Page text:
Solemnity of the Ascension of the Lord

Lectionary: 58

Christ did not enter into a sanctuary made by hands, a copy of the true one, but heaven itself,
that he might now appear before God on our behalf.

This feast of the Ascension of Jesus is our feast as we celebrate the entry of our champion into the Divine Presence. We ascend with him to the Heavenly Temple. A priestly people, we offer with him the gift of his own Body and Blood, and the gift of our lives.

The Letter to the Hebrews presents Jesus as a high priest “according to the order of Melchizedek.” His ordination came not in the usual way, for he was not a Levite, but through Melchizedek, an ancient, obscure figure from prehistoric times. The name appears only twice in the Old Testament: in Genesis and Psalm 2. The psalm seems to anchor the homeless Levite priesthood in Jerusalem, where Abraham's friend, King (and Priest) Melchizedek, had offered gifts of bread and wine to Abraham's God. 
Some Jewish Christians, well-versed in their traditional religion, must have been astonished at this writer’s artistic liberty. He suggested that the priesthood of Melchizedek had remained like a forgotten spiritual presence in Jerusalem for hundreds of years. But a Roman army demolished the temple and dispersed the Levites in 70 AD. With that catastrophe the Jewish priesthood disappeared and has never been reinstituted. The Order of Melchizedek fell to Jesus.
The Author’s invention was not totally outlandish; changing times always call for reimagining traditional beliefs and practices. But Jesus as priest according to the order of Melchizedek certainly stretched the envelope. Until this time Saint Paul and the Evangelists had not given much thought to the priesthood of Jesus. He was the Messiah and Son of God; they were certainly titles enough. Jesus death and resurrection demonstrated his messianic authority, not to mention his ministry of healing.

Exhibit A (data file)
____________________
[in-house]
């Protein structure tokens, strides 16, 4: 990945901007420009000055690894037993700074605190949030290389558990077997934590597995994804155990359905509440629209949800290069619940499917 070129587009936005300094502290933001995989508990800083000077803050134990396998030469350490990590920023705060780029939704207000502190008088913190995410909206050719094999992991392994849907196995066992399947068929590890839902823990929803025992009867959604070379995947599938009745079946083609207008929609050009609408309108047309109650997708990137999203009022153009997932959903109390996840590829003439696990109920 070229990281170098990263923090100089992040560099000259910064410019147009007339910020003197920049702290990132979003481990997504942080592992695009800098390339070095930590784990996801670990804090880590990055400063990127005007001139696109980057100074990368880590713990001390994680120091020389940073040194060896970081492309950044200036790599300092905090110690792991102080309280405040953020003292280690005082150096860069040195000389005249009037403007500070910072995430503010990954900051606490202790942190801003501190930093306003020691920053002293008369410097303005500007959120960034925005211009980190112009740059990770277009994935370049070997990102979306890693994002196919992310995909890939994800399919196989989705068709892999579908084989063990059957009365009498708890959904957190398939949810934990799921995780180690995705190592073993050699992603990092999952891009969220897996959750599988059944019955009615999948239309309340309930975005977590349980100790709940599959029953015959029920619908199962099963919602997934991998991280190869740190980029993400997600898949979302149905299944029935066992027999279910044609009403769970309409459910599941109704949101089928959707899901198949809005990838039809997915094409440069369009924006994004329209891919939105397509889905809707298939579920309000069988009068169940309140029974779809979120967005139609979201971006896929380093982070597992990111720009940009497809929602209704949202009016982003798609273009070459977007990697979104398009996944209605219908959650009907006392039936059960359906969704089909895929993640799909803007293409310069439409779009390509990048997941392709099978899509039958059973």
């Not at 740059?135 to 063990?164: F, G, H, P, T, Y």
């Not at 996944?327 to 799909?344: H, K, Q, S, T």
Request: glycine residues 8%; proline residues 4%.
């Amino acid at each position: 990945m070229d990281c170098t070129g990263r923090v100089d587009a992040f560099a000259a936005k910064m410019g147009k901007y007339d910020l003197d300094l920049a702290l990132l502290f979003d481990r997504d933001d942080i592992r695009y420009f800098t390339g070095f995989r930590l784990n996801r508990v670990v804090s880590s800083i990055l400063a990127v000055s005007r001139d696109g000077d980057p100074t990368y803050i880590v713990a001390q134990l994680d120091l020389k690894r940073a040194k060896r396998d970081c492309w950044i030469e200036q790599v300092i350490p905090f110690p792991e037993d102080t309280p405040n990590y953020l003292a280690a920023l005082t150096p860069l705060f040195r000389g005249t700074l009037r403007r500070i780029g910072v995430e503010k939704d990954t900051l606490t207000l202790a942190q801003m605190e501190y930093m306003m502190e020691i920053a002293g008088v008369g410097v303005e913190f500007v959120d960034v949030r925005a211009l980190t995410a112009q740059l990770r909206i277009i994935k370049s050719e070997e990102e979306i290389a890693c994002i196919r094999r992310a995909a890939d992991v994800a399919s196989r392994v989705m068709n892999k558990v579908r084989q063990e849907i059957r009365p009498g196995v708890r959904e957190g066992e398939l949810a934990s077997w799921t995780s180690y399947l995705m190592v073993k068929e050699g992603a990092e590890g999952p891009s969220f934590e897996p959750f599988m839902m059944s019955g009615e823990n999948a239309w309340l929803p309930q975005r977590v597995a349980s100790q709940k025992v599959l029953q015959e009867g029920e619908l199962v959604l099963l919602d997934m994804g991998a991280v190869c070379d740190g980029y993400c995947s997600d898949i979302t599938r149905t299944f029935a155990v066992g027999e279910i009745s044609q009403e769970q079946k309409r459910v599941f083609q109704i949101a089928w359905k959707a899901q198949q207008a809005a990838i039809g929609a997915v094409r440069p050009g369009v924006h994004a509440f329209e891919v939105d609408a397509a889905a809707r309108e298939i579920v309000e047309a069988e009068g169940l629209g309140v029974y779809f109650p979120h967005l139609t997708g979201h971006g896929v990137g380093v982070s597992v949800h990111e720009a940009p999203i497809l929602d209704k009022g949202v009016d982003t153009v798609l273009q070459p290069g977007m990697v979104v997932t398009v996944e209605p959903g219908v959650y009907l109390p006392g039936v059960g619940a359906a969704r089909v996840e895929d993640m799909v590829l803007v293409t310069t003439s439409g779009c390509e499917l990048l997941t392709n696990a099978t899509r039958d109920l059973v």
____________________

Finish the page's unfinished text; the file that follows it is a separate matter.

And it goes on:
But, inspired by the Holy Spirit, the Author of Hebrews also saw the restored priesthood in the person of Jesus -- and in HIs Church. We do not simply follow Jesus as sheep with their Shepherd or disciples of the Master. We are also the Priestly People before the altar of sacrifice; our High Priest speaks for us, offering our sacrifice and bestowing blessings.

We ascend with him into the Heavenly Holy of Holies to offer sacrifice before the Divine Presence of the Father. We enter with enormous confidence because we are the Body of Christ; he has gathered us into himself, recreating us as worthy by his worth. 

“Worthy is the Lamb who was slain!”

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I love to write. This blog helps me to meditate on the Word of God, and I hope to make some contribution to our contemplations of God's Mighty Works.

Ordinarily, I write these reflections two or three weeks in advance of their publication. I do not intend to comment on current events.

I understand many people prefer gender-neutral references to "God." I don't disagree with them but find that language impersonal, unappealing and tasteless. When I refer to "God" I think of the One whom Jesus called "Abba" and "Father", and I would not attempt to improve on Jesus' language.

You're welcome to add a thought or raise a question.